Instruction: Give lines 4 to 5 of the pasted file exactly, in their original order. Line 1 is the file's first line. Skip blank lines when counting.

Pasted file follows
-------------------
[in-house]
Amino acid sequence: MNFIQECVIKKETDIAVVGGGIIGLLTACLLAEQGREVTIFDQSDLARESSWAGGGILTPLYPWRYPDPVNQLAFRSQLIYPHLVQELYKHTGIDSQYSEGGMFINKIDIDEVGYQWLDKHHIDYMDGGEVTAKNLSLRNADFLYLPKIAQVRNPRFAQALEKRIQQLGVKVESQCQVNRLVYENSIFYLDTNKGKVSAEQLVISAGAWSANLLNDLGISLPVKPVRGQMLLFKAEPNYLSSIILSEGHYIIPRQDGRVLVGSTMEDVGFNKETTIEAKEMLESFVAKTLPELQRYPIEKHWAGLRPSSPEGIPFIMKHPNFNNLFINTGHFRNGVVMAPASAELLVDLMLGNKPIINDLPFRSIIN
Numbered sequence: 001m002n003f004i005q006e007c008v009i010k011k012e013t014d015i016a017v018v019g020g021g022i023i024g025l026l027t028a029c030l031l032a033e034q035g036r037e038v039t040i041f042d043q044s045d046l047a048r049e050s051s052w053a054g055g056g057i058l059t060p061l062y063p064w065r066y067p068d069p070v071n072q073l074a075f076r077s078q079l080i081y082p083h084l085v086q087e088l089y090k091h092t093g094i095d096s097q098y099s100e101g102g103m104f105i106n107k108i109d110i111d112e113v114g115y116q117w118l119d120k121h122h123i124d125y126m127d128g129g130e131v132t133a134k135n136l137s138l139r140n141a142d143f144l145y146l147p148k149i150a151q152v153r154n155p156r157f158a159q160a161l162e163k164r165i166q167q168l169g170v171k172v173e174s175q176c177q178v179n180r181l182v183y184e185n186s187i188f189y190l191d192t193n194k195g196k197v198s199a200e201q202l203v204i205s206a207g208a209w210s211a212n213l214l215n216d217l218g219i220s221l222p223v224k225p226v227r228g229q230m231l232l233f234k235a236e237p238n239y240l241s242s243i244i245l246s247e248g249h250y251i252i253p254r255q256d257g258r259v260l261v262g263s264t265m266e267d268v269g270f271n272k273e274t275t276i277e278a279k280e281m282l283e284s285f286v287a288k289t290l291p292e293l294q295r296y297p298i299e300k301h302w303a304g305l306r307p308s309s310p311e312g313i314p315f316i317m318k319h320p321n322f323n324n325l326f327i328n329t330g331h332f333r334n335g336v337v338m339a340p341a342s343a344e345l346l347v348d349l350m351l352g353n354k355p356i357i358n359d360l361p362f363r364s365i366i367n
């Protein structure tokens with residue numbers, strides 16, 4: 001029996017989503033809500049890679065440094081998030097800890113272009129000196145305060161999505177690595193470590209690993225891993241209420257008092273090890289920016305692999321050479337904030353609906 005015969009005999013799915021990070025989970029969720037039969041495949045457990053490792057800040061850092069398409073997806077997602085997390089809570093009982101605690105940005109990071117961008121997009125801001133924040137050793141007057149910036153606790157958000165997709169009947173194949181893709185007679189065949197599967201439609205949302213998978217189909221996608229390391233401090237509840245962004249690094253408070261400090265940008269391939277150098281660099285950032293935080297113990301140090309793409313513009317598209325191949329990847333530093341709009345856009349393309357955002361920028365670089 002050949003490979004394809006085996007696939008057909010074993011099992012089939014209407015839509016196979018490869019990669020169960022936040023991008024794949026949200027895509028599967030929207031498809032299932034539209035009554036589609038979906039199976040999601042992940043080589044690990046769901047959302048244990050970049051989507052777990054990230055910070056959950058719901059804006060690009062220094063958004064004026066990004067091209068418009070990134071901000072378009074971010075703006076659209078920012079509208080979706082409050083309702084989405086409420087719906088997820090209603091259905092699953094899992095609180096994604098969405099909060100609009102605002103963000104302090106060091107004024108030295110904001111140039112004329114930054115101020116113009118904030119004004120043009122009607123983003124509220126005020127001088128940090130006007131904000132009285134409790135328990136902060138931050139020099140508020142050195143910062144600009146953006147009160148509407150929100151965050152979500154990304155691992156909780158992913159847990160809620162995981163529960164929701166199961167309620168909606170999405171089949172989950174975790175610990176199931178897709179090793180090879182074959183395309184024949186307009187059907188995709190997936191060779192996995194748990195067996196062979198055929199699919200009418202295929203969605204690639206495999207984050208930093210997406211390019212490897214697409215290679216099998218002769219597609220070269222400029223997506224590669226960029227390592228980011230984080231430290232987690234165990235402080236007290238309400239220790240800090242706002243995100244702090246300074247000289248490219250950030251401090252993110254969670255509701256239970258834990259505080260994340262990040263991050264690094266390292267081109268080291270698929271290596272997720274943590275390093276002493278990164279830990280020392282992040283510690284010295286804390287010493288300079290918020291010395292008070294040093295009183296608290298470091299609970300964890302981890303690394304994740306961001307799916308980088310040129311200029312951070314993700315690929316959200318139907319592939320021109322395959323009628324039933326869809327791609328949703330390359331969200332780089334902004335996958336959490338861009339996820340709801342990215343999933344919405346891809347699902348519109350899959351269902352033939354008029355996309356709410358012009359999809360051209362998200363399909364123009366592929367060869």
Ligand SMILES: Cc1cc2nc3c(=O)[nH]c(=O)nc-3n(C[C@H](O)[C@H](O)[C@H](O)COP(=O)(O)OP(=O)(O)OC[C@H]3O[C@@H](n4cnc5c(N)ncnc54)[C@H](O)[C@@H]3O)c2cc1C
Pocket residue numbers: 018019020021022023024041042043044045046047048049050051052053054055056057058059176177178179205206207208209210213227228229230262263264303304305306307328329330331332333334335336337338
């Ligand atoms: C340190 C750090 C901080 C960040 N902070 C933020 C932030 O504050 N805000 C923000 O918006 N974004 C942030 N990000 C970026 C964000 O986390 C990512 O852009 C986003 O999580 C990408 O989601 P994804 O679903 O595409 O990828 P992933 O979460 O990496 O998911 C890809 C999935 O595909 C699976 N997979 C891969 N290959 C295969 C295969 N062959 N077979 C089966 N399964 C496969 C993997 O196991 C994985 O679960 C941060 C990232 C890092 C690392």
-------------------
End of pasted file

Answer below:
């Protein structure tokens with residue numbers, strides 16, 4: 001029996017989503033809500049890679065440094081998030097800890113272009129000196145305060161999505177690595193470590209690993225891993241209420257008092273090890289920016305692999321050479337904030353609906 005015969009005999013799915021990070025989970029969720037039969041495949045457990053490792057800040061850092069398409073997806077997602085997390089809570093009982101605690105940005109990071117961008121997009125801001133924040137050793141007057149910036153606790157958000165997709169009947173194949181893709185007679189065949197599967201439609205949302213998978217189909221996608229390391233401090237509840245962004249690094253408070261400090265940008269391939277150098281660099285950032293935080297113990301140090309793409313513009317598209325191949329990847333530093341709009345856009349393309357955002361920028365670089 002050949003490979004394809006085996007696939008057909010074993011099992012089939014209407015839509016196979018490869019990669020169960022936040023991008024794949026949200027895509028599967030929207031498809032299932034539209035009554036589609038979906039199976040999601042992940043080589044690990046769901047959302048244990050970049051989507052777990054990230055910070056959950058719901059804006060690009062220094063958004064004026066990004067091209068418009070990134071901000072378009074971010075703006076659209078920012079509208080979706082409050083309702084989405086409420087719906088997820090209603091259905092699953094899992095609180096994604098969405099909060100609009102605002103963000104302090106060091107004024108030295110904001111140039112004329114930054115101020116113009118904030119004004120043009122009607123983003124509220126005020127001088128940090130006007131904000132009285134409790135328990136902060138931050139020099140508020142050195143910062144600009146953006147009160148509407150929100151965050152979500154990304155691992156909780158992913159847990160809620162995981163529960164929701166199961167309620168909606170999405171089949172989950174975790175610990176199931178897709179090793180090879182074959183395309184024949186307009187059907188995709190997936191060779192996995194748990195067996196062979198055929199699919200009418202295929203969605204690639206495999207984050208930093210997406211390019212490897214697409215290679216099998218002769219597609220070269222400029223997506224590669226960029227390592228980011230984080231430290232987690234165990235402080236007290238309400239220790240800090242706002243995100244702090246300074247000289248490219250950030251401090252993110254969670255509701256239970258834990259505080260994340262990040263991050264690094266390292267081109268080291270698929271290596272997720274943590275390093276002493278990164279830990280020392282992040283510690284010295286804390287010493288300079290918020291010395292008070294040093295009183296608290298470091299609970300964890302981890303690394304994740306961001307799916308980088310040129311200029312951070314993700315690929316959200318139907319592939320021109322395959323009628324039933326869809327791609328949703330390359331969200332780089334902004335996958336959490338861009339996820340709801342990215343999933344919405346891809347699902348519109350899959351269902352033939354008029355996309356709410358012009359999809360051209362998200363399909364123009366592929367060869």
Ligand SMILES: Cc1cc2nc3c(=O)[nH]c(=O)nc-3n(C[C@H](O)[C@H](O)[C@H](O)COP(=O)(O)OP(=O)(O)OC[C@H]3O[C@@H](n4cnc5c(N)ncnc54)[C@H](O)[C@@H]3O)c2cc1C